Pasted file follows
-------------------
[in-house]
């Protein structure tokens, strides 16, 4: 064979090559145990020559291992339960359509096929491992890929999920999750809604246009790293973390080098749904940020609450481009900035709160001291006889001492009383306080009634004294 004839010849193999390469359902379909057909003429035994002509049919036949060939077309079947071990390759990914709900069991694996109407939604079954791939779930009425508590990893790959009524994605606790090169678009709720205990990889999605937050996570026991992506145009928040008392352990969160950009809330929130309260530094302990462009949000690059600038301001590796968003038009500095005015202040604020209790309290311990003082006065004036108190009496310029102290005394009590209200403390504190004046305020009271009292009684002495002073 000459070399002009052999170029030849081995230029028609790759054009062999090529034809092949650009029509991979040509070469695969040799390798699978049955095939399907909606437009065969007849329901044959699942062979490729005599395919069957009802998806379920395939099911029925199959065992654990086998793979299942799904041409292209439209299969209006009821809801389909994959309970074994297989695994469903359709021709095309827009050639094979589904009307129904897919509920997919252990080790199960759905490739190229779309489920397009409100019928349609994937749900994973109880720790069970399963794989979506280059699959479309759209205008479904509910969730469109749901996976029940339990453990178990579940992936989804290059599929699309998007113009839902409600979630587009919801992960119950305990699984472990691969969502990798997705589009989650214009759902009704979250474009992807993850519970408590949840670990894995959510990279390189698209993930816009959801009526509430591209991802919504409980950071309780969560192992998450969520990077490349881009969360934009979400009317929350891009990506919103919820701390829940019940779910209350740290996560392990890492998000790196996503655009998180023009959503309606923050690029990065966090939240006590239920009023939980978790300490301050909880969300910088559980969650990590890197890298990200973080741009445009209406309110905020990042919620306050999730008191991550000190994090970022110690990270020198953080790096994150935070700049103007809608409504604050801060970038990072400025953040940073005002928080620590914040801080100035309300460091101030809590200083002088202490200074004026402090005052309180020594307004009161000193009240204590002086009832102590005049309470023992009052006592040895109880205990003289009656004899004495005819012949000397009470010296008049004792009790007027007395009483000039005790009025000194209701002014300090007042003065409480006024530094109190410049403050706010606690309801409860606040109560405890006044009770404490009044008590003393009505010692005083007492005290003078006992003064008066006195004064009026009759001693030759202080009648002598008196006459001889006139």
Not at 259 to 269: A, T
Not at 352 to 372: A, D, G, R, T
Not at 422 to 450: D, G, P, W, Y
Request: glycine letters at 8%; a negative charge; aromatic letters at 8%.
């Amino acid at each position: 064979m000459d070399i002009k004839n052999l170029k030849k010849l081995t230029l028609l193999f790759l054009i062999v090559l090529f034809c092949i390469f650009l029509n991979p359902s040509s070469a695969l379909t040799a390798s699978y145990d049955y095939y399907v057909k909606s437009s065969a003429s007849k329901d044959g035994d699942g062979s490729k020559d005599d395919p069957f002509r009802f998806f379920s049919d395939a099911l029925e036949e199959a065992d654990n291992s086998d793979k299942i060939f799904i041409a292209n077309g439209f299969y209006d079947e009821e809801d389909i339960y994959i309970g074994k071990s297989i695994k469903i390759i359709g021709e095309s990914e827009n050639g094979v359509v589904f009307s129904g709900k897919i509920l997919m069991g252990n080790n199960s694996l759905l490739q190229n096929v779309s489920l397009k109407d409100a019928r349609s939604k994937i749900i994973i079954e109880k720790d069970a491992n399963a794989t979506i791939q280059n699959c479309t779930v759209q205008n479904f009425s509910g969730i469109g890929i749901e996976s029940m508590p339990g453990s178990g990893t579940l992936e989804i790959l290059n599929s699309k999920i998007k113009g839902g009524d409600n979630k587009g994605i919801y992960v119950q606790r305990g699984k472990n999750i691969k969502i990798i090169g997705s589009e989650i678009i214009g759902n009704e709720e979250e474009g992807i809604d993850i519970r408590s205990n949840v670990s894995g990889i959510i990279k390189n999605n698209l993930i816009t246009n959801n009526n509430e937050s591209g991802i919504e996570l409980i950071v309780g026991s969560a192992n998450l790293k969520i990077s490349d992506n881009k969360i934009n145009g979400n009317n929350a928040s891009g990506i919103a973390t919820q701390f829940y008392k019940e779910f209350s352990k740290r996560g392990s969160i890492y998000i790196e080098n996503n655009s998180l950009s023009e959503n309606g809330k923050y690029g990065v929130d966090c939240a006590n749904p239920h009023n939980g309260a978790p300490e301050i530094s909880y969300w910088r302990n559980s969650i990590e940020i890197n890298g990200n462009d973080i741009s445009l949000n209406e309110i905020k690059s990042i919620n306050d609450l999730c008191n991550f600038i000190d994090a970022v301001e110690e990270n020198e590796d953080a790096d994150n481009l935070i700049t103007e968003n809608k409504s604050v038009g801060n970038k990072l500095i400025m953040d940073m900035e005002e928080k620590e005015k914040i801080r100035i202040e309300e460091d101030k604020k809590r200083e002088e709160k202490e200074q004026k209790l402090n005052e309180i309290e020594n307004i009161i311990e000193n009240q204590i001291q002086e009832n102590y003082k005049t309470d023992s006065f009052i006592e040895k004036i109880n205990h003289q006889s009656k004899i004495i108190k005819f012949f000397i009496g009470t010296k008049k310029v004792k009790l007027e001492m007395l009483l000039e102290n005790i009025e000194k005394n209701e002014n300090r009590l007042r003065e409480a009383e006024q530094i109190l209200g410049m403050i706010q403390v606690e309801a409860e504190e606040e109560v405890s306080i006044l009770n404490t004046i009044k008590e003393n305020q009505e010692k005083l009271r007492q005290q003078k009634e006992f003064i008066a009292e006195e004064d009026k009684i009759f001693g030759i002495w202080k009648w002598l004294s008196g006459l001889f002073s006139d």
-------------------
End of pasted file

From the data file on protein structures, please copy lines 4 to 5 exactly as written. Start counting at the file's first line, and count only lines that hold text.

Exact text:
Not at 352 to 372: A, D, G, R, T
Not at 422 to 450: D, G, P, W, Y